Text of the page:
Not a long time ago, I found the following precious snippet that allows Emacs to track my current directory on any ansi-term buffer.

More specifically, if I cd <some/path> from within a terminal inside Emacs, and I then press C-x C-f, Emacs will run find-file from <some/path> directly, which is very, very handy.

if [ -n "$INSIDE_EMACS" ]; then
  chpwd() { print -P "\033AnSiTc %d" }
  print -P "\033AnSiTu %n"
  print -P "\033AnSiTc %d"

However, the above trick doesn't work if I ssh to a remote machine from the shell. Ideally in this case, if I press C-x C-f Emacs should recognize that I have sshed to some machine, and use tramp to run find-file on the corresponding machine and remote path.

This takes me to the following two questions:

  1. How and why does the snippet above work?
  2. How can I extend it so that it can also track my remote paths after I ssh into another machine?
  • Where is this snippet from? I tried it out in bash it didn't work. – Robert Dec 18 '14 at 16:15
  • I've never gotten into ANSI escape sequences, which is what that looks like, but I suspect your TERM variable is not getting set appropriately after you ssh into another machine. Try echo $TERM both before and after ssh'ing around and compare the results. – Jeff Schaller Jun 9 '15 at 13:59

First, as mentioned in the comment by Robert, your snippet isn't valid. At a minimum you need either a semicolon or new line before }. The print statements are probably not correct either.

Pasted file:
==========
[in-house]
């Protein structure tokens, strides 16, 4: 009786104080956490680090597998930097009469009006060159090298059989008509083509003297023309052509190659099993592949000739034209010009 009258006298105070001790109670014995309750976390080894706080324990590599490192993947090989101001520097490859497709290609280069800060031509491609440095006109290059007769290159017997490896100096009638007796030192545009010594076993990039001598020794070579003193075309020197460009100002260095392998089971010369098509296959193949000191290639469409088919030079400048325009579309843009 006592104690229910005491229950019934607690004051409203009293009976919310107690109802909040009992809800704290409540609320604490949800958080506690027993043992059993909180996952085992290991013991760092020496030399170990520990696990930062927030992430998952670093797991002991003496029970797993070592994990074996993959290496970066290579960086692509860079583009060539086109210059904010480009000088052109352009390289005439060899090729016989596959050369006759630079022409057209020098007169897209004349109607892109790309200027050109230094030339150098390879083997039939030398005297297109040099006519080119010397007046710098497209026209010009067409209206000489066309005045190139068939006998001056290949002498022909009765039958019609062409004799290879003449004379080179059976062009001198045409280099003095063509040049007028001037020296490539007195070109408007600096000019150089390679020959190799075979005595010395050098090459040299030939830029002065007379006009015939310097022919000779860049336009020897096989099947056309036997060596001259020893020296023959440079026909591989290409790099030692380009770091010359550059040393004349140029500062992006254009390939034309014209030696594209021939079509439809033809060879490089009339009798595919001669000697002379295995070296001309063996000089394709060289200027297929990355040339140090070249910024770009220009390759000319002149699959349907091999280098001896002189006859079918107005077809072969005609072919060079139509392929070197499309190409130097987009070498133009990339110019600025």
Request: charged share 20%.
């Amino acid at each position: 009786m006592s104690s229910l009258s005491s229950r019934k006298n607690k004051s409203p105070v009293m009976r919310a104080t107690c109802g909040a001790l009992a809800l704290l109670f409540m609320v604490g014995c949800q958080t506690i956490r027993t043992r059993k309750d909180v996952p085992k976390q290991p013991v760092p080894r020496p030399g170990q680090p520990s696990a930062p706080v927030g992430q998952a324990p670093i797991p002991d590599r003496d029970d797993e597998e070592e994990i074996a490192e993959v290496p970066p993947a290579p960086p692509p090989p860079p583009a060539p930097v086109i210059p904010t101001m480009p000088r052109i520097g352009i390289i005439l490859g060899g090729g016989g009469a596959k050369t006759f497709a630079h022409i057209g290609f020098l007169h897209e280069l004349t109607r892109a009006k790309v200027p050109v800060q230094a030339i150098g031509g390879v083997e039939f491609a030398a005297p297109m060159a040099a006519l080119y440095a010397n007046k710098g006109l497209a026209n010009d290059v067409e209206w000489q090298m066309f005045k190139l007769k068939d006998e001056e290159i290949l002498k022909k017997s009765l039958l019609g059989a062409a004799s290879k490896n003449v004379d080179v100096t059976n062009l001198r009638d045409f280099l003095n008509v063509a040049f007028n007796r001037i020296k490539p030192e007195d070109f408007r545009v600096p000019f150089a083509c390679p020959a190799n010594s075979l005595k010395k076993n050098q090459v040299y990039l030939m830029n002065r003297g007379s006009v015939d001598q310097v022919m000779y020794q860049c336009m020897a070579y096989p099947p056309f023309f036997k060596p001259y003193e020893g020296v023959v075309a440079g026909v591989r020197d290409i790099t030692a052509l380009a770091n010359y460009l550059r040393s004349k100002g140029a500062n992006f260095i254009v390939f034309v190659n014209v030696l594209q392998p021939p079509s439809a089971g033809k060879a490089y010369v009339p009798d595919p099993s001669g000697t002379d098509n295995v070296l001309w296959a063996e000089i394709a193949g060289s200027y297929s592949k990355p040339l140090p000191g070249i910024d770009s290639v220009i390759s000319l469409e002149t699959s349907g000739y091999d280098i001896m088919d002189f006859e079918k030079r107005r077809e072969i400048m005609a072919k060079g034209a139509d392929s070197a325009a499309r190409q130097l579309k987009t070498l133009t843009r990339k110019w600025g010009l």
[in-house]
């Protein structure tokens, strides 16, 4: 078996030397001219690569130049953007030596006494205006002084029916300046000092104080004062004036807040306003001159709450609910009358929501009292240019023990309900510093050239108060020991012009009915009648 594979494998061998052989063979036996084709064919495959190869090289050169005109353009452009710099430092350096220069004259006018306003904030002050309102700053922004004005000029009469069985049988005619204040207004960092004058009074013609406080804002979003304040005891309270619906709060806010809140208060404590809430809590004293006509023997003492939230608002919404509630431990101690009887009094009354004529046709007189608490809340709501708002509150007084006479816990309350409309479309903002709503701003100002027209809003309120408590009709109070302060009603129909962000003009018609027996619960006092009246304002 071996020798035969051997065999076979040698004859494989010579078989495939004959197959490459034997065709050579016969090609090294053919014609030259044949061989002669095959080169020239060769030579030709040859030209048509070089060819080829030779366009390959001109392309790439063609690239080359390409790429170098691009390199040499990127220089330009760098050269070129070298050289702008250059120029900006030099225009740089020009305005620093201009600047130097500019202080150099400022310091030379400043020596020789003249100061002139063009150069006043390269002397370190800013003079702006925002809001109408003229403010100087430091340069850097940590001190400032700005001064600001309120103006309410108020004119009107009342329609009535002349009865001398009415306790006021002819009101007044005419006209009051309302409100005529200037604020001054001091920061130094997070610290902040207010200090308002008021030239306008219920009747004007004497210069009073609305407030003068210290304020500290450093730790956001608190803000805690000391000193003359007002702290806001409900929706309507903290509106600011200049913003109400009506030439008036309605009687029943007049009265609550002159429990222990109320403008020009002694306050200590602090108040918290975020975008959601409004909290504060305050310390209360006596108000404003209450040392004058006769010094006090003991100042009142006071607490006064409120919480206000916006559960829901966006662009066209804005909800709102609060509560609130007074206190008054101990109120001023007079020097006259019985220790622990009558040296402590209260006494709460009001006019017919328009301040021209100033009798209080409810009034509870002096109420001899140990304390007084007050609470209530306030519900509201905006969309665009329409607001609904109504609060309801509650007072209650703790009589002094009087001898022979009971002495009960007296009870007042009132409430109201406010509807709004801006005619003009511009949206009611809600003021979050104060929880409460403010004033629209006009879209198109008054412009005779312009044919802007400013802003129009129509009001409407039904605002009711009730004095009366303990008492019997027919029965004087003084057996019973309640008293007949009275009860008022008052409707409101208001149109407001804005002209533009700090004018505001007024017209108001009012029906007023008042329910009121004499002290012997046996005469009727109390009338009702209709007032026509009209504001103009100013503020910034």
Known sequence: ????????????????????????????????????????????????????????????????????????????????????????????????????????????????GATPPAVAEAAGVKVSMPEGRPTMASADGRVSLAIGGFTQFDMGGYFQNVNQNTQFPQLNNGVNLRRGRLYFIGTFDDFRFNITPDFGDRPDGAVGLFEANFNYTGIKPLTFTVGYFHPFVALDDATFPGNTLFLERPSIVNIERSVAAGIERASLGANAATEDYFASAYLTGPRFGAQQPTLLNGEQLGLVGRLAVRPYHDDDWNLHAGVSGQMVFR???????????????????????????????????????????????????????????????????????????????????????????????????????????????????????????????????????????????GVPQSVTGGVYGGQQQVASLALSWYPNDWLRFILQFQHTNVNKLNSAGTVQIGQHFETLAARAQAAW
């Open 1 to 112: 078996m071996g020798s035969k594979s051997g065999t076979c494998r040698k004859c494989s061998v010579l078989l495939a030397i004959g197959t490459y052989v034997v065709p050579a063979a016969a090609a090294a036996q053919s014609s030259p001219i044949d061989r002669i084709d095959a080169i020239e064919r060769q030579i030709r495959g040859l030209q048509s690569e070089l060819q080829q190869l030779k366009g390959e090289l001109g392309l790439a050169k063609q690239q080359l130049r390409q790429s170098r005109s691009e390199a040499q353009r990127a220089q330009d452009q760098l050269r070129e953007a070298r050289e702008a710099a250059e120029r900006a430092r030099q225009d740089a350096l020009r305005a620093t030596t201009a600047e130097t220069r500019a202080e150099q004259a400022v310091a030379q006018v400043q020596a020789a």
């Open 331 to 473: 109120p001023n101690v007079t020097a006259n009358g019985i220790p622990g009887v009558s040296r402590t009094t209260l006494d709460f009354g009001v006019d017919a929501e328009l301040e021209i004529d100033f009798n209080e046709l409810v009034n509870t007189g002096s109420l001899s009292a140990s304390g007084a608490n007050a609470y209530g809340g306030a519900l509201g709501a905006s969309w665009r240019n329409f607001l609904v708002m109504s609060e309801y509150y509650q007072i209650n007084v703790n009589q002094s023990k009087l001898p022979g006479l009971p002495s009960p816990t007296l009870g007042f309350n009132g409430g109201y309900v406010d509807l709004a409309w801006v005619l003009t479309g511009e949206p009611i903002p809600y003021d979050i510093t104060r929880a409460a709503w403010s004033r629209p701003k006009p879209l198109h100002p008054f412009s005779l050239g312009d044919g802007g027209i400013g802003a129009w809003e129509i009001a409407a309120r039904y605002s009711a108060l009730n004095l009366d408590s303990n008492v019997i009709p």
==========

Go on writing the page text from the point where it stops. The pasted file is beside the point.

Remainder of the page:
However there's enough here to guess what is going on, so I'll explain that.

When you run ansi-term, it invokes a shell with the environment variable $INSIDE_EMACS set. The shell code then does additional stuff, the main thing to redefine the function chpwd so that it prints additional stuff, which no doubt includes the current working directory. You can easily verify this by noting that on every command you probably see the current directory somewhere in the prompt area after the completion of the last command proper.

When ansi-term sees something that looks like a directory at the beginning of a line, it tracks that. So in this sense that code is not special; the directory could have been shown by any number of ways, such as adding \w to the prompt via setting environment variable PS1.

As for #2, see "Open remote file while in emacs ansi-term buffer/window: ansi-term + tramp"

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